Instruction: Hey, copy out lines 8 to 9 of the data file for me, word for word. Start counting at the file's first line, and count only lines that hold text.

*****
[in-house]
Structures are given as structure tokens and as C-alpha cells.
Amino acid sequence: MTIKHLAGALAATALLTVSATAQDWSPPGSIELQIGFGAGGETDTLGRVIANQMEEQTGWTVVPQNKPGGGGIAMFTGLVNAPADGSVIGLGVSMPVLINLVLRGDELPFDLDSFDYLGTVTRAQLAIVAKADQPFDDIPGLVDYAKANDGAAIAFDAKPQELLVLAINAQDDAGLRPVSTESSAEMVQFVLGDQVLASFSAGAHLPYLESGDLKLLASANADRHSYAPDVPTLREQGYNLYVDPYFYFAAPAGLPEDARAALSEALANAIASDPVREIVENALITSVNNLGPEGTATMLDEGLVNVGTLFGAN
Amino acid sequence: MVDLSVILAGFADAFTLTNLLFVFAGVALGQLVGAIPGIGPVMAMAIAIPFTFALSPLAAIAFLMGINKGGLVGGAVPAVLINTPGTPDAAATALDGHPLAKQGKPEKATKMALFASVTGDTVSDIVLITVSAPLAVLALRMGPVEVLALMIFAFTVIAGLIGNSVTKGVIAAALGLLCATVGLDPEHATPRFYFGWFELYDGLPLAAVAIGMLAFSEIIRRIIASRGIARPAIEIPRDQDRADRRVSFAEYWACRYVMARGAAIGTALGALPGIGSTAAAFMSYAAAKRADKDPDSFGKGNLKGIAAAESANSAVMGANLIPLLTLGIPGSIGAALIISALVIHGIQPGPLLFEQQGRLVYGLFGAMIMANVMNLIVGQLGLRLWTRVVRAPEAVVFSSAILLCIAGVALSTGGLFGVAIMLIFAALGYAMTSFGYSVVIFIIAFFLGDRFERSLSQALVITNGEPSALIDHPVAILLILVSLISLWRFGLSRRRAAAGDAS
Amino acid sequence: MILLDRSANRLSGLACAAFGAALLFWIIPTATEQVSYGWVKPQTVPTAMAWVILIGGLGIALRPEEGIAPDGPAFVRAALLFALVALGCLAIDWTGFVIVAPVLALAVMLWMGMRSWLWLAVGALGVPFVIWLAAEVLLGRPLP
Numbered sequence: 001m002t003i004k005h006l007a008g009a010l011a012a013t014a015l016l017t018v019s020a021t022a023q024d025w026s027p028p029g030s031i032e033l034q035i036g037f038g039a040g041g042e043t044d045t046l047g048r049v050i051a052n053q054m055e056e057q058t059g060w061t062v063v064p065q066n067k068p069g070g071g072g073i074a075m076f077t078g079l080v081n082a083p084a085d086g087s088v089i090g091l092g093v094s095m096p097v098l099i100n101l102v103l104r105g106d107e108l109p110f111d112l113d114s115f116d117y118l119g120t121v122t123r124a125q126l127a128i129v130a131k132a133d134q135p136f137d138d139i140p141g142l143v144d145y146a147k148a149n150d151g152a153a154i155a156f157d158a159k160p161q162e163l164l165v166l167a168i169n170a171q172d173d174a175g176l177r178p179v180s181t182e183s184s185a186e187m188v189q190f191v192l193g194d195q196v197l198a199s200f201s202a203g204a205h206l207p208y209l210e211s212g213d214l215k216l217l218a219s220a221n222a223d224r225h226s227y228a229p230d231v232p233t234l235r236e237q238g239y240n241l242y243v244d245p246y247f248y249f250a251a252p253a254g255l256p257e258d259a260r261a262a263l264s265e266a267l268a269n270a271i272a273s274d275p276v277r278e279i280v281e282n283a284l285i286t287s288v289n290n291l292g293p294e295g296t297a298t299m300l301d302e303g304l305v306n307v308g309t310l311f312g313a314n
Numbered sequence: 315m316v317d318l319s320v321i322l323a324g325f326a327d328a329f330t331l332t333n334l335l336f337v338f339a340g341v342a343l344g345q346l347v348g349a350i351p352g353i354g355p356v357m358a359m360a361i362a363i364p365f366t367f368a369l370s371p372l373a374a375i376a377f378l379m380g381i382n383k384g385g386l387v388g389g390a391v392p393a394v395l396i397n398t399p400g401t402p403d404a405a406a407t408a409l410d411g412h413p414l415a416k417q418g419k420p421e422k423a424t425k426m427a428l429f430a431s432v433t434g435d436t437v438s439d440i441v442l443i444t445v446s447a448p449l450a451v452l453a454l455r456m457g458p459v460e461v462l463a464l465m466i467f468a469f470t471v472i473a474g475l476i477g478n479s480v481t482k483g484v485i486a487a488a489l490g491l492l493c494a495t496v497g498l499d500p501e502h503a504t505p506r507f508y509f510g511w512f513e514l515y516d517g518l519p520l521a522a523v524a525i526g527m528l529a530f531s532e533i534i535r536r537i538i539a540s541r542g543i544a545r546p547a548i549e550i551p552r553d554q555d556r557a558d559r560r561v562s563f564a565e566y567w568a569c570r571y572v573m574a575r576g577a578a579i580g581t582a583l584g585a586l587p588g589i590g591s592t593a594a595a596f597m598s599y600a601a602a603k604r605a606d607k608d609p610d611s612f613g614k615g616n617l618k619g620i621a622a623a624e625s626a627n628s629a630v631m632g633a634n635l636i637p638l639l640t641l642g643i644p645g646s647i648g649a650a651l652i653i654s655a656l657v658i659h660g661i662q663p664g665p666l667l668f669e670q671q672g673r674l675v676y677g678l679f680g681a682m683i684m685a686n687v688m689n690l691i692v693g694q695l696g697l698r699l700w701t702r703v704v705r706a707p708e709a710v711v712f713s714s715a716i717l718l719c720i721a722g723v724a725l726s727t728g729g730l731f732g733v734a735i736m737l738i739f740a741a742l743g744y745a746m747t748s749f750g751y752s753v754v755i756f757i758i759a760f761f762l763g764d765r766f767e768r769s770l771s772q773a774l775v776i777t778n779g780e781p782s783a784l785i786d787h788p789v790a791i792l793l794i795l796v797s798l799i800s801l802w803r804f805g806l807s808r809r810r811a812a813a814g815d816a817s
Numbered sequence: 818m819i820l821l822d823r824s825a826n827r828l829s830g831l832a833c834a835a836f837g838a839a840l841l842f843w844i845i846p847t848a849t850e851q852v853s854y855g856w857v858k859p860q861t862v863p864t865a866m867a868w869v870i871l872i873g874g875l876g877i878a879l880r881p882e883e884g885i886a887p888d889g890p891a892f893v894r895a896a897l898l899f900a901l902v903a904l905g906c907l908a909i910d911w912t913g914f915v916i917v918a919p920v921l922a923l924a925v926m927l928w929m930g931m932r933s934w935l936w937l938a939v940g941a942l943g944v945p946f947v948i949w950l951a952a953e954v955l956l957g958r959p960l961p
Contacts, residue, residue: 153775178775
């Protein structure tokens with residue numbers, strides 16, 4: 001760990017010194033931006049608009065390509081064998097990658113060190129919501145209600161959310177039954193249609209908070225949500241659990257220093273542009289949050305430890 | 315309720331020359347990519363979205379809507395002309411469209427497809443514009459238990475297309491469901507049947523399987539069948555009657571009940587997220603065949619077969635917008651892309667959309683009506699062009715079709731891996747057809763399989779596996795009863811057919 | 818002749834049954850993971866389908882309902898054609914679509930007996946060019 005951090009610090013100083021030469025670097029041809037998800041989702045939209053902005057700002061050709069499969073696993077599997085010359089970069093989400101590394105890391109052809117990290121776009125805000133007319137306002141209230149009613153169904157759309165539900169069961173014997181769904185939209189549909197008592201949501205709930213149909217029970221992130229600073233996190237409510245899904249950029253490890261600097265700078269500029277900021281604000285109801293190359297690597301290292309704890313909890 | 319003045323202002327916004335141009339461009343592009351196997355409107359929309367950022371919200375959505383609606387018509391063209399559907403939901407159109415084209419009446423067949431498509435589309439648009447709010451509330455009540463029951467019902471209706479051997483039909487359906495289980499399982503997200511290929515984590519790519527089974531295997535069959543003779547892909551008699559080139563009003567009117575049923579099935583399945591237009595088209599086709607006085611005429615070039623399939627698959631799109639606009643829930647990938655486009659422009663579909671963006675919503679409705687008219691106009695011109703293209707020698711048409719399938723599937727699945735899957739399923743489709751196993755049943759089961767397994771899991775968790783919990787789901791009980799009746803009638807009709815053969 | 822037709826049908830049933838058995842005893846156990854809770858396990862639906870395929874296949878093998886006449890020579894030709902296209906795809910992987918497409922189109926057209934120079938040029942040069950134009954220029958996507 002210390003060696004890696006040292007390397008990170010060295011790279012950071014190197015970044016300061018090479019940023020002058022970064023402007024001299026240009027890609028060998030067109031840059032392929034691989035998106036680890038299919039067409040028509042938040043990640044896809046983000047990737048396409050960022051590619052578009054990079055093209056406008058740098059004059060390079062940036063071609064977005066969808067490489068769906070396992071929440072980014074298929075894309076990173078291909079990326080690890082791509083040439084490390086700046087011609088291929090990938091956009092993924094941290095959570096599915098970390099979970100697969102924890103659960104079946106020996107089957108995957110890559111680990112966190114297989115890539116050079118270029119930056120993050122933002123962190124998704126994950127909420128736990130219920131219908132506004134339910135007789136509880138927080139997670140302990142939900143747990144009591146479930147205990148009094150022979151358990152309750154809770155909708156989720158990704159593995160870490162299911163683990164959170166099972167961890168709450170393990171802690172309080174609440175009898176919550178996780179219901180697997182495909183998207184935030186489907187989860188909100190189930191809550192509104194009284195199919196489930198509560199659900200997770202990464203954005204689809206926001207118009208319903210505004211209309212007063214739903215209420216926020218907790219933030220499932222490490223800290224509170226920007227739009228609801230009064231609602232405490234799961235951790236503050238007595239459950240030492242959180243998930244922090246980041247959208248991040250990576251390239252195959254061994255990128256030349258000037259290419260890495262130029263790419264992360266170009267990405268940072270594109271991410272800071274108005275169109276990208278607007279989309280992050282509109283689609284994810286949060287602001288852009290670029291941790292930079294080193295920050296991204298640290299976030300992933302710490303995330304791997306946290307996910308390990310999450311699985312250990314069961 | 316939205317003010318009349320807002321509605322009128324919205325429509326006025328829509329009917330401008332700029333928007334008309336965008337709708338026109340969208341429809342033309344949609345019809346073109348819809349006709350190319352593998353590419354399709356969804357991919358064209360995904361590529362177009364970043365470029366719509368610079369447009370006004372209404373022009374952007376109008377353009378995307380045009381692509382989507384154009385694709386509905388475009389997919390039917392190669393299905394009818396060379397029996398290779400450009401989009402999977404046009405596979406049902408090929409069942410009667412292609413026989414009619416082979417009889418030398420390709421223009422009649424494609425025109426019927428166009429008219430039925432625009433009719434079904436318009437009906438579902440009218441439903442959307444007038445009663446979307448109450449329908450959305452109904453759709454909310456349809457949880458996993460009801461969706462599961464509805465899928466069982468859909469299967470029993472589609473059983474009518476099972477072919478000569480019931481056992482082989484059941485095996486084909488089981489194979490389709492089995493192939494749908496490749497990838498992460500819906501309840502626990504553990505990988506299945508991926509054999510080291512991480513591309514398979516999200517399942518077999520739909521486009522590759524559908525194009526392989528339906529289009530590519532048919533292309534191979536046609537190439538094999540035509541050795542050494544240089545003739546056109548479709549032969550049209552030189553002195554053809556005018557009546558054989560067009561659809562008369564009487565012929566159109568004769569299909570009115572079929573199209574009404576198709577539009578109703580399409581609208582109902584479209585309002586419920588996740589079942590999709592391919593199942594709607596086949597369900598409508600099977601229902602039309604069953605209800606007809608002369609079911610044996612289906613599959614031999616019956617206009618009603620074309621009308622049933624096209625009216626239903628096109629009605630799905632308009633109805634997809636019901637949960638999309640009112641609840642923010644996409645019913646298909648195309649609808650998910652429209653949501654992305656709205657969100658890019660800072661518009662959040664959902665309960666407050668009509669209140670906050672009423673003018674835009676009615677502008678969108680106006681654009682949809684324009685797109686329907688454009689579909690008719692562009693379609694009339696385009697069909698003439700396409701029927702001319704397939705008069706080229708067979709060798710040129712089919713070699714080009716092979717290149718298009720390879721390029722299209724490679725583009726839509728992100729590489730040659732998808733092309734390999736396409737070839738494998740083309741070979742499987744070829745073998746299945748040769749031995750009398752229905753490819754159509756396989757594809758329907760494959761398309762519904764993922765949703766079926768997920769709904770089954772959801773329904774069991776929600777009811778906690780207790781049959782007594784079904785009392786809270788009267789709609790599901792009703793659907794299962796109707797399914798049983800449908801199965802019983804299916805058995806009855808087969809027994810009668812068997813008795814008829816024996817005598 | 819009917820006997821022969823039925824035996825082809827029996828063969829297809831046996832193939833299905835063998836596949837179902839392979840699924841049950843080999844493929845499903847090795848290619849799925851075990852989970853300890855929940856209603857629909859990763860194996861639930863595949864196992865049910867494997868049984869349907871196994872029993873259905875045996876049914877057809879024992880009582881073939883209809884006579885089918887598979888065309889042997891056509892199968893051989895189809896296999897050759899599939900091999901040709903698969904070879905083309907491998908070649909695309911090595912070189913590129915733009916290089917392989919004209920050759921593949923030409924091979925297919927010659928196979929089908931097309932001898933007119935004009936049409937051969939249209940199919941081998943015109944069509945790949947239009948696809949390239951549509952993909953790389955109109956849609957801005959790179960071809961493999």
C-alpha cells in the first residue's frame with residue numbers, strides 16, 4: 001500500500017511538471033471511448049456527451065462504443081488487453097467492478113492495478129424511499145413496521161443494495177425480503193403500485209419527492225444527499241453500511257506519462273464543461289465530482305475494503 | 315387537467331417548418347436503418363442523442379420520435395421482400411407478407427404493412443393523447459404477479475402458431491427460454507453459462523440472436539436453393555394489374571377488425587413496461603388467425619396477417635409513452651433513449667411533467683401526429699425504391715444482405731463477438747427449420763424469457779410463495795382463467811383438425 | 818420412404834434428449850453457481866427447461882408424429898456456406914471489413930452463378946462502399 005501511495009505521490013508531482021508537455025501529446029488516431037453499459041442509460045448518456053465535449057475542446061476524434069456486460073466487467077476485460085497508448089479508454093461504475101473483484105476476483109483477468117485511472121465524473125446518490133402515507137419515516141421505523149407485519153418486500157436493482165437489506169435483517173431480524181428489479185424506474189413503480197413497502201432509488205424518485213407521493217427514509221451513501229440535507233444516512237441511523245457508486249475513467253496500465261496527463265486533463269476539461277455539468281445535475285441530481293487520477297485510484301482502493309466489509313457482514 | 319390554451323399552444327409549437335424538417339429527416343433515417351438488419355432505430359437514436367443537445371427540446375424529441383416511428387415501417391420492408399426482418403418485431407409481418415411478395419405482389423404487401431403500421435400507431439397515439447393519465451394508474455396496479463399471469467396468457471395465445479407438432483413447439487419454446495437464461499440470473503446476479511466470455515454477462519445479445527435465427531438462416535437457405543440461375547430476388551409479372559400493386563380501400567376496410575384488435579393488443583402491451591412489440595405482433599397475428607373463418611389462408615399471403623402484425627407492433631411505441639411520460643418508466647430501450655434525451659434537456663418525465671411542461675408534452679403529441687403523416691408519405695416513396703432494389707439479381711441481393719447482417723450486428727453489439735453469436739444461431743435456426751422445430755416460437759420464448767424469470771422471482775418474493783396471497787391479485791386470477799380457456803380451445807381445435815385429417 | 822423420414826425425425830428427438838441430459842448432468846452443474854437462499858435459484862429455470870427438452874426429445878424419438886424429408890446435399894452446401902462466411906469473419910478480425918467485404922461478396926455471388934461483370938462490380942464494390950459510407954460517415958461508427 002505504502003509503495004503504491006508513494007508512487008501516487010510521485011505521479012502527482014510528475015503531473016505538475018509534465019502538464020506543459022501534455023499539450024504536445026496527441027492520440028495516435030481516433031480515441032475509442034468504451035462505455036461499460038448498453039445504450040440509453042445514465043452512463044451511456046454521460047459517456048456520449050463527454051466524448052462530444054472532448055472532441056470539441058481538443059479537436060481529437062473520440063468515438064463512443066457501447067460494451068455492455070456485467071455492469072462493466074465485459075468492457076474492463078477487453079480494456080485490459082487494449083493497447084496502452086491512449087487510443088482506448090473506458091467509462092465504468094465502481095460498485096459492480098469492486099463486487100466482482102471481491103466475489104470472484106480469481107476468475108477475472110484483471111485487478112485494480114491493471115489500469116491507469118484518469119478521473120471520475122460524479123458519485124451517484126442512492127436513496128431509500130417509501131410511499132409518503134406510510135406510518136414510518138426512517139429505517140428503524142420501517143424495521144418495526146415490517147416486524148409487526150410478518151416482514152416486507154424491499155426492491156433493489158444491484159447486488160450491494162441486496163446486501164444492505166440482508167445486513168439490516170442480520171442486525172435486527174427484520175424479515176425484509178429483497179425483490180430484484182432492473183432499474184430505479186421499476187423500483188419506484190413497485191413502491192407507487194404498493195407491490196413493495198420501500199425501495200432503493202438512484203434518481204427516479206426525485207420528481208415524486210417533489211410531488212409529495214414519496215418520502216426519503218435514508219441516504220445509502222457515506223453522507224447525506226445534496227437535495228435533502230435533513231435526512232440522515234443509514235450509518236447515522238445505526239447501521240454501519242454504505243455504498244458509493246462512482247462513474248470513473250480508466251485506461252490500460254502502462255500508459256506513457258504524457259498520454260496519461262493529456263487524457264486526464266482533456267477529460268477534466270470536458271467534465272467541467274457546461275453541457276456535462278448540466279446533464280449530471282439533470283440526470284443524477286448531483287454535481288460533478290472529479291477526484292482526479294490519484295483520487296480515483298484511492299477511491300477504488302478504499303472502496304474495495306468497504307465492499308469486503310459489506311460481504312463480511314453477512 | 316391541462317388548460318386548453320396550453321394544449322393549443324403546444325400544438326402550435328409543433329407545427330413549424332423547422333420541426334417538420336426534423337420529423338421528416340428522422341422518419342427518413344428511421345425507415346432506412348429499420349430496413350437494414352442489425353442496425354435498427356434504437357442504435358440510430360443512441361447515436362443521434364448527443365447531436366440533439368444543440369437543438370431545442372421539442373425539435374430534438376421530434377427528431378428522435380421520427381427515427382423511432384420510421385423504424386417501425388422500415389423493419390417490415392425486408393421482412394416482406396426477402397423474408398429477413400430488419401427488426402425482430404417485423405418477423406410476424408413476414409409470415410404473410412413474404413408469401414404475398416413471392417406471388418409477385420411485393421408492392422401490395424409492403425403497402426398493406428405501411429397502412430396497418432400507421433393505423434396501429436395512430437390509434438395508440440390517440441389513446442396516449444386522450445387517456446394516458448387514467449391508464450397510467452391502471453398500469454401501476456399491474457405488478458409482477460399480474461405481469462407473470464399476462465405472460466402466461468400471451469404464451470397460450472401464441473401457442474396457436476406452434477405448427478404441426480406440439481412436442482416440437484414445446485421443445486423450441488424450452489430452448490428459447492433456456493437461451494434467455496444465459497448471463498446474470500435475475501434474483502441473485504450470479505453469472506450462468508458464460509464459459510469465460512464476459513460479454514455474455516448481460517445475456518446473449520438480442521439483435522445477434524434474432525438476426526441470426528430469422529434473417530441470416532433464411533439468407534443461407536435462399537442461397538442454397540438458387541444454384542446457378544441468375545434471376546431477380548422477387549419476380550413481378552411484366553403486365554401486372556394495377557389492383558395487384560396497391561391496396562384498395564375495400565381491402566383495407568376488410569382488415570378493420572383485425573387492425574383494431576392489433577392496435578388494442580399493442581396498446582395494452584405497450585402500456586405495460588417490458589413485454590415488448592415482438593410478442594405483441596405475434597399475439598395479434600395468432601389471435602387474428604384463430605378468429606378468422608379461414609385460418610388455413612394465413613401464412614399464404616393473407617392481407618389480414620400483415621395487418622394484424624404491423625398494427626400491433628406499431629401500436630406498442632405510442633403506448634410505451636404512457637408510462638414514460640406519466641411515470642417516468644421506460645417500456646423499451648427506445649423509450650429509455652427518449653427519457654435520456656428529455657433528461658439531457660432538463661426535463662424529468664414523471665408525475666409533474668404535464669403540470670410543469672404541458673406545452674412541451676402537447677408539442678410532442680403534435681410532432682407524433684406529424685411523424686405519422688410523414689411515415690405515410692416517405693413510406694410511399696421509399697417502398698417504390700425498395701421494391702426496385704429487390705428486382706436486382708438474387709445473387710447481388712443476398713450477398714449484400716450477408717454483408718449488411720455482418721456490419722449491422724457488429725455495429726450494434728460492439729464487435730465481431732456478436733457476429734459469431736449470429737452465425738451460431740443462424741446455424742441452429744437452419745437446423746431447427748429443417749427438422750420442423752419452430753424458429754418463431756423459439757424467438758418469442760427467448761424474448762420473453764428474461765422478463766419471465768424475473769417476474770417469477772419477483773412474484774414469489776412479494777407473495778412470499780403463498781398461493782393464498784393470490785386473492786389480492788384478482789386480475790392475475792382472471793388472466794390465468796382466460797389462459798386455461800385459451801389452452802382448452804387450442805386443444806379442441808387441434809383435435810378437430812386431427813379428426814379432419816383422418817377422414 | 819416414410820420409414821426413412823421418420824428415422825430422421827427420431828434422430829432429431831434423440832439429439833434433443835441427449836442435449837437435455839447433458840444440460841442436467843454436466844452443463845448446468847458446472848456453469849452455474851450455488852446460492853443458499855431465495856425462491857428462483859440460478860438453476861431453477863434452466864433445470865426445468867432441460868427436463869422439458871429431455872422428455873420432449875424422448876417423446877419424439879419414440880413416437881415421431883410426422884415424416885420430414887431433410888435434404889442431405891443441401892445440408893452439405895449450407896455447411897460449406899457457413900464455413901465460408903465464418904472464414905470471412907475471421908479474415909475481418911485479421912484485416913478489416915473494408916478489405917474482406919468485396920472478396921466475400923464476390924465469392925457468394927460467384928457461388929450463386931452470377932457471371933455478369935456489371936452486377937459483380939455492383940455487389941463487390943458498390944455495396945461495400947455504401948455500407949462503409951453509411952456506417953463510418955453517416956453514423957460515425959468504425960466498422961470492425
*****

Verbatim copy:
Numbered sequence: 818m819i820l821l822d823r824s825a826n827r828l829s830g831l832a833c834a835a836f837g838a839a840l841l842f843w844i845i846p847t848a849t850e851q852v853s854y855g856w857v858k859p860q861t862v863p864t865a866m867a868w869v870i871l872i873g874g875l876g877i878a879l880r881p882e883e884g885i886a887p888d889g890p891a892f893v894r895a896a897l898l899f900a901l902v903a904l905g906c907l908a909i910d911w912t913g914f915v916i917v918a919p920v921l922a923l924a925v926m927l928w929m930g931m932r933s934w935l936w937l938a939v940g941a942l943g944v945p946f947v948i949w950l951a952a953e954v955l956l957g958r959p960l961p
Contacts, residue, residue: 153775178775